We all know that parenting isn’t a cakewalk. It is one of the most challenging jobs a person can do. It comes with a lot of challenges, one of them being the tantrums thrown by children! A child’s mind and mood can change in seconds and are very unpredictable. Tantrum is Simply the result of the aggressive behavior of a child due to anger, anxiety, and frustration.
One minute, they might be happily chatting with their best friend on the phone, and the other minute, they might be stomping out of the room just because you asked them to complete their homework. Handling these tantrums in the right way is a challenge in itself.
Signs And Symptoms To Recognize A Tantrum
- The child is crying.
- Isolation is the demand he is asking for.
- He doesn’t want to talk to anybody.
- They may shout or scream continuously.
- Doing stiff legs. He is not willing to move.
- He is hitting others.
- Aggressively throwing legs and hands due to anger. Kicking somebody.
- The kid deliberately falls on the floor or pretend to do so.
- He wants to run away and not willing to face the situation.
Causes Of Tantrums
- Those who get angry quickly. They lose their cool in tiny things. And, Unable to control their emotions.
- If the kid is hungry, many children can’t control their hunger and start reacting in the form of a tantrum.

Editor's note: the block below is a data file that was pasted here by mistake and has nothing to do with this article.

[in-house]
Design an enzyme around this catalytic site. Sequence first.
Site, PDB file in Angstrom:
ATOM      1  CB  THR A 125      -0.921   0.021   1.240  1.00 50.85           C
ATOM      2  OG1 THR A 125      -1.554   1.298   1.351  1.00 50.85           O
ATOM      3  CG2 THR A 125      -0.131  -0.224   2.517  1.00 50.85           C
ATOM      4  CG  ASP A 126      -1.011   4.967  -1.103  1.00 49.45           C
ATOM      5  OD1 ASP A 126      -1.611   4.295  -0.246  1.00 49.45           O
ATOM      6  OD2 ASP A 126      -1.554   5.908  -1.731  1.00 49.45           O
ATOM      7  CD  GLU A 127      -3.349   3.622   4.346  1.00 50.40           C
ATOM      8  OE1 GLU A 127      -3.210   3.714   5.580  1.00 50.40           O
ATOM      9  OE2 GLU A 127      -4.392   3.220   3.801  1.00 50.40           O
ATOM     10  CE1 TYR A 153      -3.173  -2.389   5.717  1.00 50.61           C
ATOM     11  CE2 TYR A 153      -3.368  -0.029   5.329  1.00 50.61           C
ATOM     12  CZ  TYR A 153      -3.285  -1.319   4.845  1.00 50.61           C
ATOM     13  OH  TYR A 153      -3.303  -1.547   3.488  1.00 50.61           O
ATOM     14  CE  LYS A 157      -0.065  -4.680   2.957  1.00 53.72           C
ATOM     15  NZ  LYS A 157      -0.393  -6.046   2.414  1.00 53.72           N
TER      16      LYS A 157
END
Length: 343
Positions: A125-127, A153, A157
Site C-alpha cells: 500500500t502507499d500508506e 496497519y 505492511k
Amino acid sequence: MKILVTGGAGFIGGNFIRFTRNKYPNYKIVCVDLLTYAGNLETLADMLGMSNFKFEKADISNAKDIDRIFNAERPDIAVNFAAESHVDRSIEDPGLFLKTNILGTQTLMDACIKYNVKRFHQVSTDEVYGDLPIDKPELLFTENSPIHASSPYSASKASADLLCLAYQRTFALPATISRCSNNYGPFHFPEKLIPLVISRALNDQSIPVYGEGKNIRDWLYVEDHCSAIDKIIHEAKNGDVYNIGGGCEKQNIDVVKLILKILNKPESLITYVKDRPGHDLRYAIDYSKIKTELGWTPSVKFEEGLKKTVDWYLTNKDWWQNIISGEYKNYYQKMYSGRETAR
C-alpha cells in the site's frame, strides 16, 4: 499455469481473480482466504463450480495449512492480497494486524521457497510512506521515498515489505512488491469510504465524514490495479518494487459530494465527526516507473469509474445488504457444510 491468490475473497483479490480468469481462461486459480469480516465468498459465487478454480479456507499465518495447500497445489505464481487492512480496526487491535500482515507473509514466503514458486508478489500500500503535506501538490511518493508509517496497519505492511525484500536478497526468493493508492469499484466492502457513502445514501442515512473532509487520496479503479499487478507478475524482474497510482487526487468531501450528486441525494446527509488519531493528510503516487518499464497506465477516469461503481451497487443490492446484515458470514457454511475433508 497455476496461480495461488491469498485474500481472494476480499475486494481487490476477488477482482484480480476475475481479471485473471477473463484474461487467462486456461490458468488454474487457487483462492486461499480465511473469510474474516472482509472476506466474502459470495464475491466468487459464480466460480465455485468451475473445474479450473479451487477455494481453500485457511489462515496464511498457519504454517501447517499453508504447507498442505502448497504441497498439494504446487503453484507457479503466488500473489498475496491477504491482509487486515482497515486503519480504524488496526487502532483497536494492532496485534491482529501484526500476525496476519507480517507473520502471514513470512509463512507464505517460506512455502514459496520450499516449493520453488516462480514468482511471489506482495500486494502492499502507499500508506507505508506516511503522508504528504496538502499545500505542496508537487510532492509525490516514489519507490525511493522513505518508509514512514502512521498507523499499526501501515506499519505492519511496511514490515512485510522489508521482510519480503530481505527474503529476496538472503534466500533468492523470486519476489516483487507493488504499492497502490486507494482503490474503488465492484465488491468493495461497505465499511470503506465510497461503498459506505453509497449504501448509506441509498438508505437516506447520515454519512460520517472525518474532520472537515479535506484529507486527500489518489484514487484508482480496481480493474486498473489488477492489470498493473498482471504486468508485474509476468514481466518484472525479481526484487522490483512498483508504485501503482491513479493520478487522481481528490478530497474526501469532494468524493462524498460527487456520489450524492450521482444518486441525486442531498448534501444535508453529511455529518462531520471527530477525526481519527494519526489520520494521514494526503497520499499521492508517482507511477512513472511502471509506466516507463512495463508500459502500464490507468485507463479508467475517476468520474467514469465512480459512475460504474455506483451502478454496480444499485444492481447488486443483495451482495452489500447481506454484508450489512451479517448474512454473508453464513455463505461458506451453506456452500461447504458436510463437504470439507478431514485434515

- If they are exhausted.
- If they are harmful and worry too much.
- They can’t control their anger.
- Guilty can be another significant cause if they are unwilling to face the wrong deed done by them.
- Suppose the child is scared of something.
- He is feeling shameful.
Why Do Children Throw Tantrums?
Children between the ages of one and three are very prone to the sudden change of moods which lead to them throwing a tantrum and then growing up to their teens and adulthood, these tantrums keep on increasing and getting even more unpredictable.
Mostly, the reason behind a tantrum is a sudden emotional outburst of a suppressed feeling of frustration. It usually happens because your child might be having a meltdown. It is a normal part of growing up, adolescence, and the transition from childhood to adulthood.